Cyclic guanosine monophosphate (cGMP) and cyclic AMP (cAMP)-dependent protein kinases (PKG and PKA) are closely related homologs, and the cyclic nucleotide specificity of each kinase is crucial for keeping the two signaling pathways segregated, but the molecular mechanism of cyclic nucleotide selectivity is unknown. Here, we report that the PKG I C-terminal cyclic nucleotide binding domain (CNB-B) is highly selective for cGMP binding, and we have solved crystal structures of CNB-B with and without bound cGMP. These structures, combined with a comprehensive mutagenic analysis, allowed us to identify Leu296 and Arg297 as key residues that mediate cGMP selectivity. In addition, by comparing the cGMP bound and unbound structures, we observed large conformational changes in the C-terminal helices in response to cGMP binding, which were stabilized by recruitment of Tyr351 as acapping residue for cGMP. The observed rearrangements of the C-terminal helices provide a mechanical insight into release of the catalytic domain and kinase activation.
Sanchez E.J.,Washington State University |
Munske G.R.,Washington State University |
Criswell A.,Rigaku Americas |
Milting H.,Ruhr University Bochum |
And 2 more authors.
Molecular and Cellular Biochemistry | Year: 2011
Both cardiac and skeletal calsequestrin (CASQ2 and CASQ1) serve as a major Ca2+ storage/buffer protein in the sarcoplasmic reticulum (SR) by sequestering and releasing large numbers of Ca2+ ions during each muscular contraction and relaxation cycle. CASQ isolated from various species often exists in a phosphorylated form, but phosphorylation's role is not yet understood. Here, the authors identified two phosphorylation sites, Ser 385 and Ser393, for the first time, in human CASQ2 (hCASQ2) by mass-spectroscopy and evaluated the consequences of such phosphorylation. Substitution of these two serines with phosphoserine-mimicking aspartic-acid residues results in a significant increase in helical content, solubility and Ca2+-binding capacity above 6 mM [Ca2+]. However, neither substitution of Ser385 nor Ser393 alone produce any significant changes. Based on the crystal structures of hCASQ2, Ca2+ binding capacity data, turbidity, and light scattering profiles, it was propose that phosphorylation at these two positions produces a disorder-to-order or coil-to-helix transition of the C-terminus, which in turn provides a more stable network of polyanions. Therefore, considering all the previous reports and the new data, the observed dynamic in vivo phosphorylation of CASQ could provide the basis not only for effective regulation of Ca 2+ buffering capacity, but also for the junctional SR trafficking mechanism. © 2011 Springer Science+Business Media, LLC.
Susner M.A.,Ohio State University |
Susner M.A.,Oak Ridge National Laboratory |
Sumption M.D.,Ohio State University |
Takase A.,Rigaku Americas |
Collings E.W.,Ohio State University
Superconductor Science and Technology | Year: 2014
In an investigation of possible atomic substitution for the Mg site in MgB2, superconducting thin films were deposited by pulsed laser deposition using MgB2 and ZrB2 targets. The resulting c-axis-oriented thin films contained various concentrations of Zr. The structural, chemical, and superconductive properties of these films were investigated. ZrB2 additions were found to increase the a lattice parameter; STEM-based chemical analysis showed Zr to be present within the grains. The superconducting critical temperature was suppressed for the heavily-doped samples. These observations are strong evidence for the substitution of Zr for Mg in the Mg sublattice of MgB2. © 2014 IOP Publishing Ltd.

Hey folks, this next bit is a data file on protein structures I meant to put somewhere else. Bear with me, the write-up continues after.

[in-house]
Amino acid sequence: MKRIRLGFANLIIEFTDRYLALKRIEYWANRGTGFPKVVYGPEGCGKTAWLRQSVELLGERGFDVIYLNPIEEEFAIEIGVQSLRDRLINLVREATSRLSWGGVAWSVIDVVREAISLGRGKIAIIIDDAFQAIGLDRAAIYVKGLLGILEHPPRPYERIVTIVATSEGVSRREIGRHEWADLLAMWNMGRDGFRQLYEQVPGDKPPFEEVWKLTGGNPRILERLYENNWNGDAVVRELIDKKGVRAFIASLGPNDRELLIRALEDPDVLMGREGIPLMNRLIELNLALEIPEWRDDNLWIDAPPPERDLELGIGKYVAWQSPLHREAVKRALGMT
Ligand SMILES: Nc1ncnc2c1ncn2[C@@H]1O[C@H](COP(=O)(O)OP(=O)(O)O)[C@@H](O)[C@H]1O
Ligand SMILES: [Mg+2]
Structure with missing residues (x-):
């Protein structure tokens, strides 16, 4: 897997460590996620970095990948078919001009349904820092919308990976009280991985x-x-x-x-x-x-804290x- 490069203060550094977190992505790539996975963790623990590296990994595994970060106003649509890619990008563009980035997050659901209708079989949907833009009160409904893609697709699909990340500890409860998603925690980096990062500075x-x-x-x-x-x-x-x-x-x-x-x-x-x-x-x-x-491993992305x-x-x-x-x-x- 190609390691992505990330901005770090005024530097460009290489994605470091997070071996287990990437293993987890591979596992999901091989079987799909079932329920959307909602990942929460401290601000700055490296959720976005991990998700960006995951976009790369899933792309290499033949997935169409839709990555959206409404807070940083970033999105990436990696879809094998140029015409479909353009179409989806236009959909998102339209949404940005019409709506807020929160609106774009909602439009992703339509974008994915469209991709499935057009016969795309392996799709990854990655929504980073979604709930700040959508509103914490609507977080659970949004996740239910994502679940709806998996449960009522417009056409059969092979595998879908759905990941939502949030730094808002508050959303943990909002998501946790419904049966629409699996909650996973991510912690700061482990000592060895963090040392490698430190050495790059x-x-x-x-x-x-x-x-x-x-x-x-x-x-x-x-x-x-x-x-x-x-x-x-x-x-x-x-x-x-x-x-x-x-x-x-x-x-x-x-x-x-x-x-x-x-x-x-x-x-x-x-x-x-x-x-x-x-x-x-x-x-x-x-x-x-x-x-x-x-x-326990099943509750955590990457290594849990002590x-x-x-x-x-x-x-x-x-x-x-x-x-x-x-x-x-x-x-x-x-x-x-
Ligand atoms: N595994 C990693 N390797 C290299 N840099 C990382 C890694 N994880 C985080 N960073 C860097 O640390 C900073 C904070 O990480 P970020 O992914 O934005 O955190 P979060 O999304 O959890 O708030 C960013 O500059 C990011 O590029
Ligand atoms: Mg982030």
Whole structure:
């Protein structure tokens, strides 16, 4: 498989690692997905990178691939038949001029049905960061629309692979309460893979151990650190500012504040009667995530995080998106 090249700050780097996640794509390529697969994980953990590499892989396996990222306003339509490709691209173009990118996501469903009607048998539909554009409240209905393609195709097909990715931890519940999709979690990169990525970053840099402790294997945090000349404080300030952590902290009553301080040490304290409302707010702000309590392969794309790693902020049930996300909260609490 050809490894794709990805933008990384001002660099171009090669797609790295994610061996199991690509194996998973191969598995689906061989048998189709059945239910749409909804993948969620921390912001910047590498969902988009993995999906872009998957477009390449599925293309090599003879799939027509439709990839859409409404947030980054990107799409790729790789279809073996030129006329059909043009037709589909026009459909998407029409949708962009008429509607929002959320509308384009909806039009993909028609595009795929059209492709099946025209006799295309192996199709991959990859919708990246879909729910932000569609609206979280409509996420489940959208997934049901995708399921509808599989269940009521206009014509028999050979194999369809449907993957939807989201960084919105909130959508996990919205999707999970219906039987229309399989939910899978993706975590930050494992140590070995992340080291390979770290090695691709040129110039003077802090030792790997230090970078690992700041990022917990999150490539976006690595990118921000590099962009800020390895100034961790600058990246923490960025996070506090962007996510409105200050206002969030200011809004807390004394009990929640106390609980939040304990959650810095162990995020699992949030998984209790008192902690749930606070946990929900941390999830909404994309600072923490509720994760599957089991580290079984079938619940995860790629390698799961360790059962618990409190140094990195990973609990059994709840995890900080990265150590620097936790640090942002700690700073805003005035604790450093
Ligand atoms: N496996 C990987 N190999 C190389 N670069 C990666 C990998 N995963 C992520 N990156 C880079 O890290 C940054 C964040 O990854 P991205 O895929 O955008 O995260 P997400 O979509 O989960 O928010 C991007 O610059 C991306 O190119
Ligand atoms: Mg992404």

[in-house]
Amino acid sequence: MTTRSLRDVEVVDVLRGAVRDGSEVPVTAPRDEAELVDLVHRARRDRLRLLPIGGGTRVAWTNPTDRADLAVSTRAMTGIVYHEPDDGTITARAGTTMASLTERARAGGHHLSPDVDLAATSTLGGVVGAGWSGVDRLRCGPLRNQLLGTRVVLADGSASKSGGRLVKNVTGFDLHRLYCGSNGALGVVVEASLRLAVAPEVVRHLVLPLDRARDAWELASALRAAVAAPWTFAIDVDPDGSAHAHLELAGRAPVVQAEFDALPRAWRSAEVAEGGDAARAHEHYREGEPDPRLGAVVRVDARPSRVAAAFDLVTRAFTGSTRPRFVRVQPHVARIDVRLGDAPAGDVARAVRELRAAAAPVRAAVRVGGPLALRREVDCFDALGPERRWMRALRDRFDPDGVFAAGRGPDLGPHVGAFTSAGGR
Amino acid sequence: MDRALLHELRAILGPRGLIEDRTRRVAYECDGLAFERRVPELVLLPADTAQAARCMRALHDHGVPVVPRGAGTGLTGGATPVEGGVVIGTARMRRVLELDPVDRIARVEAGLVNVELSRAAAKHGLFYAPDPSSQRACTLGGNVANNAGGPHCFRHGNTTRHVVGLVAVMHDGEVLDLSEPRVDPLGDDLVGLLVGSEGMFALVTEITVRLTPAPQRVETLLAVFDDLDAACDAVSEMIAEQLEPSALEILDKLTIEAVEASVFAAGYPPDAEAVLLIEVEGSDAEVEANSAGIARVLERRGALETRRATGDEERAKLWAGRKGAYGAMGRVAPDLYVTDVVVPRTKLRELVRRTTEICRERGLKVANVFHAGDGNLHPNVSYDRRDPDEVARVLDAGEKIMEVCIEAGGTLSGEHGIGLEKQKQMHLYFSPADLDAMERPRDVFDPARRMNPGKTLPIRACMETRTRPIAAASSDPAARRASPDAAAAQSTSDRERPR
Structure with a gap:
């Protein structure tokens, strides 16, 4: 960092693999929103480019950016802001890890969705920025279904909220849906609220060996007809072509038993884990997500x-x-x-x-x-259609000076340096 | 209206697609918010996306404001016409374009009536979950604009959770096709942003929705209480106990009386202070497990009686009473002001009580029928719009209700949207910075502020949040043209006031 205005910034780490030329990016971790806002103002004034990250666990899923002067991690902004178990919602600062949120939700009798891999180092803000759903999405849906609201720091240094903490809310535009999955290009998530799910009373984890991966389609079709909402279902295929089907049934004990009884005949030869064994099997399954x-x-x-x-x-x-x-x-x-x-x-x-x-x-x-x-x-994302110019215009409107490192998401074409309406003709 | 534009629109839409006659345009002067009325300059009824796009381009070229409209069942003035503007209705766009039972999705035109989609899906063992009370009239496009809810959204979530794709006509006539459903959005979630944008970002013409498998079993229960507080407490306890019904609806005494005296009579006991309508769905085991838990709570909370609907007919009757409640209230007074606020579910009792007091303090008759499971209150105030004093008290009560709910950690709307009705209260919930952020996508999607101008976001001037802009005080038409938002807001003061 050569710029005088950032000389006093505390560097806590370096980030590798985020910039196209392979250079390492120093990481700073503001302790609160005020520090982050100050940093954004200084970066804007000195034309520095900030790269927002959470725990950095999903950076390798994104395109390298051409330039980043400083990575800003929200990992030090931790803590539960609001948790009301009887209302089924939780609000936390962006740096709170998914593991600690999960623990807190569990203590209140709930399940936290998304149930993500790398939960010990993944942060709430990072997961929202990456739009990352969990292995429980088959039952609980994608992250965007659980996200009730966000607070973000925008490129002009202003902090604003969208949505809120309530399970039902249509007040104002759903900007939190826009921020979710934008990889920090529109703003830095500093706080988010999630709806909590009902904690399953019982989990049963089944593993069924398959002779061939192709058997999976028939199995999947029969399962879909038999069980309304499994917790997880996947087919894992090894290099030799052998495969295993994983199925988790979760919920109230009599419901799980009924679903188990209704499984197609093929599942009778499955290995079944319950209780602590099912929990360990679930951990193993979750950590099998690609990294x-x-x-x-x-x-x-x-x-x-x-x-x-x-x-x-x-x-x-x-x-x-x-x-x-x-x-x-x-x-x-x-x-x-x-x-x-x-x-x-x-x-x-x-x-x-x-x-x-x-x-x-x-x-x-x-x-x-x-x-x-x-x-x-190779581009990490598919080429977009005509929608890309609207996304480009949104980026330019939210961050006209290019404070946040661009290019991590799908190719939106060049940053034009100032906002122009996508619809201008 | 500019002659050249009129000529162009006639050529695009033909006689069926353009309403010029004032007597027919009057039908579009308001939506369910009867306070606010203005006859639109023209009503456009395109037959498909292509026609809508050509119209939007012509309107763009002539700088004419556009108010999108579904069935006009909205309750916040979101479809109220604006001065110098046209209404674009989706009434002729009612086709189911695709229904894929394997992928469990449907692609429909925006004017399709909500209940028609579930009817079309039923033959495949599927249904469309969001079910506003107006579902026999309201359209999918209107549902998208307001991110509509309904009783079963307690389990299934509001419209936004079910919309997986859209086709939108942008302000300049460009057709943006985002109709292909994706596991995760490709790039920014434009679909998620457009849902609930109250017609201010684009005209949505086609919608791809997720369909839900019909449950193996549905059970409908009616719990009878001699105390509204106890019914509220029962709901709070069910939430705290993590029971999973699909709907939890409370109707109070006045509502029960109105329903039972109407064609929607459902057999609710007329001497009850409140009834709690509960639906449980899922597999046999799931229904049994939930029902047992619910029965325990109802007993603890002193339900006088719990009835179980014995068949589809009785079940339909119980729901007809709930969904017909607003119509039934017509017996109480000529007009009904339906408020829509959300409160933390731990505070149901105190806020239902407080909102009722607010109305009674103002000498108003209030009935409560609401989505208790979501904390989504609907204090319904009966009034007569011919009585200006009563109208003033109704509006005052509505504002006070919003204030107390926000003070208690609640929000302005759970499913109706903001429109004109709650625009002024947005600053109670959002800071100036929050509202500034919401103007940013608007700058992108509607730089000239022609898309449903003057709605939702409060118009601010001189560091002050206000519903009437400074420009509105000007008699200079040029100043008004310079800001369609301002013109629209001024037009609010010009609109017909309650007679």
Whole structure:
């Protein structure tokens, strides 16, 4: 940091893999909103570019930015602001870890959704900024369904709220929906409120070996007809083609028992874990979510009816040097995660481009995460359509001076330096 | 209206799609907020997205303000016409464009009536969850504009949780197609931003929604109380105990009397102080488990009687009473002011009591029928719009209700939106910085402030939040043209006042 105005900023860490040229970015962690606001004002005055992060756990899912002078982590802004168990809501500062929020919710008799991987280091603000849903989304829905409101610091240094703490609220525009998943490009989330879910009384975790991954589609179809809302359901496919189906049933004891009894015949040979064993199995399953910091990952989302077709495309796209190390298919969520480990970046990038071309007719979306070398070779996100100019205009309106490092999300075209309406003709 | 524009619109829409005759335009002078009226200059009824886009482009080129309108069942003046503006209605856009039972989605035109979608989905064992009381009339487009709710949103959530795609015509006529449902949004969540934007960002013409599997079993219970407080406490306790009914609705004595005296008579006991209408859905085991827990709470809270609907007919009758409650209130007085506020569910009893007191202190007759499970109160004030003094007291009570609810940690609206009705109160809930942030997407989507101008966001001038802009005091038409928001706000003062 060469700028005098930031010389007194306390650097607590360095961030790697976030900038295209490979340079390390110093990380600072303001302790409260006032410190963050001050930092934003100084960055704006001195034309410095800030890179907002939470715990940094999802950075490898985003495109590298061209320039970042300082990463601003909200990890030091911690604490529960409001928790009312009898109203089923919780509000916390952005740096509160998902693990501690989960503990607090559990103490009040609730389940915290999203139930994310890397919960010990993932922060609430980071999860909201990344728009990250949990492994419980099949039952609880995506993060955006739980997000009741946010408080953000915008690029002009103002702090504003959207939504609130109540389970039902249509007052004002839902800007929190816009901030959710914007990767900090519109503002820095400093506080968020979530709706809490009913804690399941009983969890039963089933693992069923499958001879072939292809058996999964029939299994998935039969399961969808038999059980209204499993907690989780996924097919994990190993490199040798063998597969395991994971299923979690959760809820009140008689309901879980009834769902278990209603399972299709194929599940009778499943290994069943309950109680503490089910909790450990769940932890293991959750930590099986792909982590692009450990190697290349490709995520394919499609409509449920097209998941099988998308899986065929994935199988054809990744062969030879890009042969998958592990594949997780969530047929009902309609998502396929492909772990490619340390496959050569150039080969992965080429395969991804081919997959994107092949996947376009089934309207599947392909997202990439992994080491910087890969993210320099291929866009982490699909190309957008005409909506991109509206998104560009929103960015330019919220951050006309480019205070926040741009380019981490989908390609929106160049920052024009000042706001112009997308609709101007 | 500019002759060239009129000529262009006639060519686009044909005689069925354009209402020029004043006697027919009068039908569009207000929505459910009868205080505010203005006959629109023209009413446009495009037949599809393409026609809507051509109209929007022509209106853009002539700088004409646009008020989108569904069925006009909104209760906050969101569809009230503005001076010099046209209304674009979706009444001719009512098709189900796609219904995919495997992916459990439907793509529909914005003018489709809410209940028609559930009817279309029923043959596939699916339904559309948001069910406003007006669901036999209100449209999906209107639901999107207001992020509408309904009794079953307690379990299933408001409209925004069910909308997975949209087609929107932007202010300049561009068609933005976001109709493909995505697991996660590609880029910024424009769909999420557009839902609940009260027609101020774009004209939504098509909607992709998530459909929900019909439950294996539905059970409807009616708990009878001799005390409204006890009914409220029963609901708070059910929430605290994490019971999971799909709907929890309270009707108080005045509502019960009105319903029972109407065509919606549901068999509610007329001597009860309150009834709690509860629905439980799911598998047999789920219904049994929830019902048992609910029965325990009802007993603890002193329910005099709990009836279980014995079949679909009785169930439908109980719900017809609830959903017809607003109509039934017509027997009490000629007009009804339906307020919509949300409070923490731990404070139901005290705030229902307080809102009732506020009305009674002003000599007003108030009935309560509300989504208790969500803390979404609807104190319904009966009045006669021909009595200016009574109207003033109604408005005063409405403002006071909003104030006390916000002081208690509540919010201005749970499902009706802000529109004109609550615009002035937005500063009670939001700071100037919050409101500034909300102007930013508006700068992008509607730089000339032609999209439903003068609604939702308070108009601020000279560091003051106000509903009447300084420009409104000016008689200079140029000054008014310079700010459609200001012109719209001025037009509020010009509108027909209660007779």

Patel T.R.,University of Manitoba |
Morris G.A.,University of Nottingham |
Zwolanek D.,University of Cologne |
Keene D.R.,Shriners Hospital for Children |
And 4 more authors.
Matrix Biology | Year: 2010
Laminins are multidomain glycoproteins that play important roles in development and maintenance of the extracellular matrix via their numerous interactions with other proteins. Several receptors for the laminin short arms revealed their importance in network formation and intercellular signaling. However, both the detailed structure of the laminin γ-1 short arm and its organization within the complexes is poorly understood due to the complexity of the molecule and the lack of a high-resolution structure. The presented data provide the first subatomic resolution structure for the laminin γ-1 short arm in solution. This was achieved using an integrated approach that combined a number of complementary biophysical techniques such as small angle X-ray scattering (SAXS), analytical ultracentrifugation, dynamic light scattering and electron microscopy. As a result of this study, we have obtained a significantly improved model for the laminin γ-1 short arm that represents a major step forward in molecular understanding of laminin-mediated complex formations. © 2010.
Patel T.R.,University of Manitoba |
Meier M.,University of Manitoba |
Li J.,Rigaku Americas |
Morris G.,University of Nottingham |
And 3 more authors.
Protein Science | Year: 2011
Agrin is a large heparin sulphate proteoglycan with multiple domains, which is located in the extracellular matrix. The C-terminal G3 domain of agrin is functionally one of the most important domains. It harbors an α-dystroglycan binding site and carries out acetylcholine receptor clustering activities. In the present study, we have fused the G3 domain of agrin to an IgG Fc domain to produce a G3-Fc fusion protein that we intend to use as a tool to investigate new binding partners of agrin. As a first step of the study, we have characterized the recombinant fusion protein using a multidisciplinary approach using dynamic light scattering, analytical ultracentrifugation and small angle X-ray scattering (SAXS). Interestingly, our SAXS analysis using the high-resolution structures of G3 and Fc domain as models indicates that the G3-Fc protein forms a T-shaped molecule with the G3 domains extruding perpendicularly from the Fc scaffold. To validate our models, we have used the program HYDROPRO to calculate the hydrodynamic properties of the solution models. The calculated values are in excellent agreement with those determined experimentally. © 2011 The Protein Society.